5. Begin discussions on the long-term financing of the PRGT, including the possible use of gold sales to replenish the subsidy and reserve accounts. Sales of some of the Fund’s gold reserves were used in the past to make the PRGT self-sustaining at the $2 billion-per-year commitment level. But gold sales require a broad consensus from the Fund’s membership and can only be implemented over a few years’ time. Thus, strategic discussions should begin now. (We’ve written a separate blog on gold sales that you can read here.)

A commitment by the G20 to take these five steps can be made in the first quarter of 2021 and reaffirmed at the time of the Fund meetings in April 2021. This will set the Fund on the road to providing the necessary support as LICs emerge from the COVID-19 crisis and begin to rebuild their economies in a sustainable way.

Background: A primer on the PRGT

The IMF’s concessional support for LICs is provided primarily through the Poverty Reduction and Growth Trust (PRGT), which is separated from the rest of the Fund’s finances. The PRGT has three accounts as depicted in Figure 1:

  • The loan account borrows money from richer countries, paying them a market interest rate (currently less than 1 percent), and on-lends money to LICs, charging them a less-than-market rate, currently 0 percent. Thus, absent any support, the PRGT would make a loss, although with the fall in global interest rates, the loss figure has commensurately been reduced.
  • The subsidy account makes up for the interest rate loss, covering the difference between interest paid to rich countries and interest earned from poor countries.
  • The reserve account also generates income that will cover interest subsidies when the subsidy account has been depleted. In addition, it
    • provides security to rich country lenders to the PRGT that they can be repaid even if LIC borrowers are unable to repay on time; and
    • reimburses the Fund’s operating account (the General Resources Account) for the costs of running the PRGT, including staff costs of putting PRGT-supported loans in place.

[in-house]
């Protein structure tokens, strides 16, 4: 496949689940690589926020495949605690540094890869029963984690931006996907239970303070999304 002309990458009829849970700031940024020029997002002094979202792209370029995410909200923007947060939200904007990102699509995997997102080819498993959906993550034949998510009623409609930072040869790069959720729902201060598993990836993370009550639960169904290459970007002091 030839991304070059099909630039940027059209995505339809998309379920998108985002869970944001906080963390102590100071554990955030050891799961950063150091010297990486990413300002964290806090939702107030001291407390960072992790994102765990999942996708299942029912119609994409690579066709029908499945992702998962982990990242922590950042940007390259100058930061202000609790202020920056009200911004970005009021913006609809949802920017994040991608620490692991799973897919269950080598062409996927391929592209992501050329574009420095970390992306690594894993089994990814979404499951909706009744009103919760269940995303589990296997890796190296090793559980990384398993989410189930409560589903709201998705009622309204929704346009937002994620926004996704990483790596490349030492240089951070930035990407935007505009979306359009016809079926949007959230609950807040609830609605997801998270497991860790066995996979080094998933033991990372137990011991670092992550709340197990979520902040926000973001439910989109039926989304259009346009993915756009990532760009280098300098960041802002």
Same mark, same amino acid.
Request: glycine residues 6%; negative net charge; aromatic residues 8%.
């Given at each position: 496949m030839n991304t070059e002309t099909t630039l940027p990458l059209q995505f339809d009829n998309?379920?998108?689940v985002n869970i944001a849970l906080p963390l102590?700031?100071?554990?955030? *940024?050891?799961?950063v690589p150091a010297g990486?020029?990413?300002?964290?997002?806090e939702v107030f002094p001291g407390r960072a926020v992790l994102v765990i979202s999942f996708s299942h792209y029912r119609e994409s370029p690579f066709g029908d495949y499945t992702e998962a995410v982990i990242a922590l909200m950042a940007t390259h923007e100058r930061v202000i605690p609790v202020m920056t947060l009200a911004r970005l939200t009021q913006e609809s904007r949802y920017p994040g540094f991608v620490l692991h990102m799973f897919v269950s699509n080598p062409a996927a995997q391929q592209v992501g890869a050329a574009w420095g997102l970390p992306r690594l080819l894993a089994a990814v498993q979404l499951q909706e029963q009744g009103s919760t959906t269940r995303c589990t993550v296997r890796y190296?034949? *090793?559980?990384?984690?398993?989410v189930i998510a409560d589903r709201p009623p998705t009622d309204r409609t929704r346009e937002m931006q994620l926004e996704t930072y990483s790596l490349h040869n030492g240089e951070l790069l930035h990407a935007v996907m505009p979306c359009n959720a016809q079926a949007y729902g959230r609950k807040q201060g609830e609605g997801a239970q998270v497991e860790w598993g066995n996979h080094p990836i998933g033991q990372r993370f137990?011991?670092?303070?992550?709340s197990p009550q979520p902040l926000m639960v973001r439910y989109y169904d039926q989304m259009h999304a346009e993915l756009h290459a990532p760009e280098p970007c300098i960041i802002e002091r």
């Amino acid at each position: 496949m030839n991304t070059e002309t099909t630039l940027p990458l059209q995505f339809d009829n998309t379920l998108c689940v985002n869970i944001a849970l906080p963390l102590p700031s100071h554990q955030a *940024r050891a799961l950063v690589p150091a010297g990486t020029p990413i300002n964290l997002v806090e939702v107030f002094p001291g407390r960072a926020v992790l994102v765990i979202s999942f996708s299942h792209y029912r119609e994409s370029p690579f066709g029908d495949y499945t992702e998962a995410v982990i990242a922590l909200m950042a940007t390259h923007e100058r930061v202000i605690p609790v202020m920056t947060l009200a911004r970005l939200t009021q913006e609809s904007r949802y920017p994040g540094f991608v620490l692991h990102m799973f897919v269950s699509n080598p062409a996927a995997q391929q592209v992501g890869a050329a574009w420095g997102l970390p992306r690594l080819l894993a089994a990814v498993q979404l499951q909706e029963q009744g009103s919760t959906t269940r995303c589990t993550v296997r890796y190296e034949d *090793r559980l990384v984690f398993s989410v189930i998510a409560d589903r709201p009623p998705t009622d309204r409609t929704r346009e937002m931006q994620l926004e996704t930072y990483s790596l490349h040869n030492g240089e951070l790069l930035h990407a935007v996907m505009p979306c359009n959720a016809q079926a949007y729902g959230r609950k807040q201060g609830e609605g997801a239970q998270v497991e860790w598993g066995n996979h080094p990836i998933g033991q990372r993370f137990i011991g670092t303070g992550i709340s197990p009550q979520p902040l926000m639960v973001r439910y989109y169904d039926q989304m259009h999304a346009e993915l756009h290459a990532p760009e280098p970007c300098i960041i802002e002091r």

As the volume of lending from the PRGT to LICs increases, interest losses are higher, thus increasing the need for subsidy resources. Higher lending volumes also call for more reserves as a safeguard for lenders, while the reserve account is charged more for the increased operational costs of the PRGT.

Figure 1. PRGT Structure and Flow Funds

A chart showing IMF flow flunds
Source: Adapted from IMF publications

In 2014, the PRGT was redesigned as a self-sustaining endowment that can accommodate close to $2 billion in new commitments for the foreseeable future. Income from investing resources in the subsidy and reserve accounts was sufficient to subsidize ongoing lending operations. And reserves would amount to about a third of overall commitments—sufficient to assuage creditors that any late payments by a borrowing LIC could be covered. This design was adopted to ensure a continuing moderate amount of lending to address LICs economic programs to increase growth and reduce poverty, recognizing that the Fund would not be the principal source of financial support for them. In some sense it was designed for a perceived “chronic” amount of moderate support, not for an “acute” crisis where balance of payments need shot up sharply simultaneously for many LICs.

The demand for PRGT resources of $9 billion in 2020 thus puts stress on the PRGT’s long-term sustainability. Before the pandemic, IMF staff estimated that the PRGT could cope with commitments of just over $2 billion a year for a decade without jeopardizing its longer-term capacity. But the surge in lending in 2020 implies that, under the rules of self-sustained framework, the IMF would now need to sharply curtail lending to below even $2 billion just when LICs are most urgently in need of support from the PRGT.

With continued high lending from the PRGT in store for 2021 and 2022, if not beyond, the PRGT’s endowment will require rebuilding to ensure that the IMF can sustain its support for LICs over the longer term. The amount of refinancing needed will depend on the demand for loans from LICs, which, even with all the information available now, is a bit of guesswork. And given low interest rates, some parts of the refinancing need not happen immediately, but should be agreed now as part of an overall financing strategy and executed over the next two to three years. This motivates our five-step proposal spelled out earlier.


CGD blog posts reflect the views of the authors, drawing on prior research and experience in their areas of expertise. CGD is a nonpartisan, independent organization and does not take institutional positions.